“A healthy defense industrial base is a critical element of U.S. power,” the president proclaimed in the 2017 National Security Strategy. The “ability of the military to surge in response to an emergency depends on our Nation’s ability to produce needed parts and systems.”

On October 5, Deputy Secretary of Defense Pat Shanahan presented to the White House the results of DoD’s defense industrial base assessment. This report identified almost 300 gaps and vulnerabilities that this administration is already taking swift actions to address.

For example, we face numerous so-called “single points of failure” where we have only one source of production -- shafts for our ships, gun turrets for our tanks, space-based infrared detectors for missile defense, fabric for the lowly but increasingly high-tech tent. Our defense industrial base is also far too dependent on foreign suppliers for printed circuit boards, machine tools, and many other items critical to national security.

One key lesson from the Defense Department assessment is “never again.” Never again should we allow budget sequestration to suck the oxygen – and capacity to innovate -- out of America’s defense industrial base.

One key warning is that America’s “manufacturing global competitiveness” has been “diminished” not just by the “collateral damage of globalization [but] also due to specific targeting” by strategic competitors like China.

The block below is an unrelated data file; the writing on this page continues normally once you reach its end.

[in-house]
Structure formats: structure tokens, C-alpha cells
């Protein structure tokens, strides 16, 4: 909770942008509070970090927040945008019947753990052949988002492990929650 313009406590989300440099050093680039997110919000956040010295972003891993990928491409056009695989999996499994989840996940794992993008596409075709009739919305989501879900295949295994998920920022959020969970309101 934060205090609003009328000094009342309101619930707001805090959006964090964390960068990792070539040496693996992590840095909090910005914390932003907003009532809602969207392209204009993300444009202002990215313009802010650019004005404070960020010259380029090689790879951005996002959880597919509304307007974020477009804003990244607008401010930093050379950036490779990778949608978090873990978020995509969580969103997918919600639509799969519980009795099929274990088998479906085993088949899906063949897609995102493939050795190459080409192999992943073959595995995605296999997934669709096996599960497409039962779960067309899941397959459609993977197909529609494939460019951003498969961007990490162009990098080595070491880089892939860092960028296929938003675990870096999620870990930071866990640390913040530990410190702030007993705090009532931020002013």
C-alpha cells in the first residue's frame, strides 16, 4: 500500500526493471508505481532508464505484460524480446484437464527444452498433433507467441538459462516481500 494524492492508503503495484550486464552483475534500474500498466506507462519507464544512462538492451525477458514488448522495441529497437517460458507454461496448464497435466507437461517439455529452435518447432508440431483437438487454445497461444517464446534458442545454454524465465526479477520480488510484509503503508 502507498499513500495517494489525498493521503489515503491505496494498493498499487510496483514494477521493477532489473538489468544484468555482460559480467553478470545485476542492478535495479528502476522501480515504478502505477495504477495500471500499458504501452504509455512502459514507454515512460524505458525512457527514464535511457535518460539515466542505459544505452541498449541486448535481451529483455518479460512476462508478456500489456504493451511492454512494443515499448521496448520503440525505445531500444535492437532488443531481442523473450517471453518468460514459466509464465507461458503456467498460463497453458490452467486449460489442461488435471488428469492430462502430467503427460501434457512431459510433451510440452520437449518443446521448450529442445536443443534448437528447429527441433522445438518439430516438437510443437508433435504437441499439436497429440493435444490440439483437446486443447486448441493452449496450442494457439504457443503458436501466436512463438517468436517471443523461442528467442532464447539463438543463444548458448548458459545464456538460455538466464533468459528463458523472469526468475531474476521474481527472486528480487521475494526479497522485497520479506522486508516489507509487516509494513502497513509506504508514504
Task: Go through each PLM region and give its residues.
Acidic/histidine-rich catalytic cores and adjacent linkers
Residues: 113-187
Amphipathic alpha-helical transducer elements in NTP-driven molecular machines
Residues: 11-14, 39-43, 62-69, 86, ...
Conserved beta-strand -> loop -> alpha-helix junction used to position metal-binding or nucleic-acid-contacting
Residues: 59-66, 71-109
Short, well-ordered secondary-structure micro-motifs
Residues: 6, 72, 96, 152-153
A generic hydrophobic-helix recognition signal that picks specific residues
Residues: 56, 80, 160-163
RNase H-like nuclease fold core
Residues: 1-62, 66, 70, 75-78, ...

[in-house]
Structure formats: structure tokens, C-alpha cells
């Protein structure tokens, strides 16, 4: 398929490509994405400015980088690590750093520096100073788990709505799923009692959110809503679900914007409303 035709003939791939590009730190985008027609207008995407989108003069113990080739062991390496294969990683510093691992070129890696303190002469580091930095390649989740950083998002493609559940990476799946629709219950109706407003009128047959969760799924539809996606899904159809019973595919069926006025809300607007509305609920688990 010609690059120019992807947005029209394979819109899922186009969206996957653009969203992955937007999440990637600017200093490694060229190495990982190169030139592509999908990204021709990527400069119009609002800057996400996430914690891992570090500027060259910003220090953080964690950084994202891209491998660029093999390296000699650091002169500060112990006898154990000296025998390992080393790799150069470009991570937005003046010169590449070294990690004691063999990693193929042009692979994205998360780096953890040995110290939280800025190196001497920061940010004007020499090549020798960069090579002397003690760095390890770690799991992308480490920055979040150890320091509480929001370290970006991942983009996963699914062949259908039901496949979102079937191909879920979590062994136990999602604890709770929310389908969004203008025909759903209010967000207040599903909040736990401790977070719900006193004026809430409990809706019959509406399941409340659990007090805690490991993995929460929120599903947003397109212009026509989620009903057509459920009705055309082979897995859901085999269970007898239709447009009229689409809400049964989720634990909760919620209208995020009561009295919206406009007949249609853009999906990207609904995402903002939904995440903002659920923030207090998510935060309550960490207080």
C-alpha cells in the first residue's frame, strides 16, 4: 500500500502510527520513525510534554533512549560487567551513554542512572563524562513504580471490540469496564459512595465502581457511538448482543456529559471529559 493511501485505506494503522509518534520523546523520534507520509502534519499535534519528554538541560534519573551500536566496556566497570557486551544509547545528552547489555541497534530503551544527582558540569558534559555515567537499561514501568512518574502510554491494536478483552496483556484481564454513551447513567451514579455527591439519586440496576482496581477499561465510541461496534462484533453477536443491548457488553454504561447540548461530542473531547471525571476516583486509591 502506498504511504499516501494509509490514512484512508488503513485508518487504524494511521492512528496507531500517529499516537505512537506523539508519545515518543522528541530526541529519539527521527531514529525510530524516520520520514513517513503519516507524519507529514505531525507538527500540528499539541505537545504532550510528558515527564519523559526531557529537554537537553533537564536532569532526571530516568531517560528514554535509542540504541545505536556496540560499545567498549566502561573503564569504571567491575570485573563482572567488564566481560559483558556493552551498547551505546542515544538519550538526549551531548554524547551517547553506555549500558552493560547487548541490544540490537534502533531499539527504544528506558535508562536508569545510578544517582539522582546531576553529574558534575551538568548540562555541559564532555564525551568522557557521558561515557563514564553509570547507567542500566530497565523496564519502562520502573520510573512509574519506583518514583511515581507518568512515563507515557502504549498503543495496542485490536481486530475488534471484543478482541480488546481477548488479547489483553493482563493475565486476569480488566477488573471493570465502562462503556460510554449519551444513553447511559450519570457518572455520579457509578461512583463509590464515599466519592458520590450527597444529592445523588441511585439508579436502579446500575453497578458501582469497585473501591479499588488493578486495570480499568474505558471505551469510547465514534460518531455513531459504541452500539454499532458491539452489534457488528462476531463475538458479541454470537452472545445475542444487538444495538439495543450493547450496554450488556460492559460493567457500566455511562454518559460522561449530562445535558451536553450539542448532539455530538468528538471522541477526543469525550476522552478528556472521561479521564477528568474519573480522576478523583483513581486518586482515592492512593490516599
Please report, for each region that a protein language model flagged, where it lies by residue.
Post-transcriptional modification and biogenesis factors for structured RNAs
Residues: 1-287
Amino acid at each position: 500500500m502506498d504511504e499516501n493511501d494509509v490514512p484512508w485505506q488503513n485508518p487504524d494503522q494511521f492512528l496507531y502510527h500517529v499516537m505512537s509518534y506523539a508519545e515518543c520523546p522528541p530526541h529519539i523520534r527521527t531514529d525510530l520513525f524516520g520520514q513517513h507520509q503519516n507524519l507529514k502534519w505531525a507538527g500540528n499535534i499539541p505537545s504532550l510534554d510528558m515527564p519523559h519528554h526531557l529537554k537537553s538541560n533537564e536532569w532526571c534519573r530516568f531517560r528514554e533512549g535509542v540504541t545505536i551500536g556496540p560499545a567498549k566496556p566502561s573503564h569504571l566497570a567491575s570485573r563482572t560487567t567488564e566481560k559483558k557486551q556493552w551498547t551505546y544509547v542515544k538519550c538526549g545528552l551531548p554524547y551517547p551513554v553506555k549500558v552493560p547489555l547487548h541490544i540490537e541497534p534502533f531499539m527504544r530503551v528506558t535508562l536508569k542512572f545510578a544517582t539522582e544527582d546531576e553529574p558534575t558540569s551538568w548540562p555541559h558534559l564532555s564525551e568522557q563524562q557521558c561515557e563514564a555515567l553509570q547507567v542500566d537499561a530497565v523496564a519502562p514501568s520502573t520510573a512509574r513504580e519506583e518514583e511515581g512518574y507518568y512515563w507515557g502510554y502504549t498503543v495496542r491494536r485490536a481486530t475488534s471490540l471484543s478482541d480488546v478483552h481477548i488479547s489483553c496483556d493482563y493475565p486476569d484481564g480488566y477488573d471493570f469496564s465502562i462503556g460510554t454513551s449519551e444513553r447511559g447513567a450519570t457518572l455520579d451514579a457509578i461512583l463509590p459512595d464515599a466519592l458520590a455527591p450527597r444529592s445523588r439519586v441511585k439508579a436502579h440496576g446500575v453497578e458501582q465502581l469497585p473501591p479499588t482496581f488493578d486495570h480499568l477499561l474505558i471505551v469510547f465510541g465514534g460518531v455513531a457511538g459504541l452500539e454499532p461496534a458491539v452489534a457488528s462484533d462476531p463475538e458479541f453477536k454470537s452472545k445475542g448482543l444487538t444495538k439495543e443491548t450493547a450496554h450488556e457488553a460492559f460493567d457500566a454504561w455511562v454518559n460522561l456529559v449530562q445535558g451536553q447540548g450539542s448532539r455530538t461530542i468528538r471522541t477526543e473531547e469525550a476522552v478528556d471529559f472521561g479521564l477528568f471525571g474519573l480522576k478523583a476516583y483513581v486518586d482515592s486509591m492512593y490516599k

In his Section 301 investigation and supplementary report, the United States trade representative has meticulously documented the full range of acts, policies, and practices China has employed in its attempts to acquire America’s technological crown jewels -- from “forced technology transfer” and “systematic investment” aimed at “cutting edge technologies” to “cyber-enabled theft.”

As Vice President Mike Pence has warned regarding these national security implications, the Chinese Communist Party, using “stolen technology,” is “turning plowshares into swords on a massive scale.”

Viewed from this bridge, the Section 301 tariffs the Trump administration has imposed to defend our technological crown jewels can contribute to our arsenal of democracy alongside the Abrams tank, the Arleigh Burke class destroyer, and the Tomahawk missile.

As President Trump has eloquently stated: “Economic vitality, growth, and prosperity at home [are] absolutely necessary for American power and influence abroad. Any nation that trades away its prosperity for security will end up losing both.”

That’s why under the banner of “economic security is national security,” the nation’s tax, regulatory, energy, and trade policies now fit seamlessly with this administration’s increased defense spending, liberalized arms sales, and broader defense policies. Because of such strong strategic leadership from President Trump, America is a far safer and more prosperous nation.

Peter Navarro is an assistant to the president and director of the Office of Trade and Manufacturing Policy.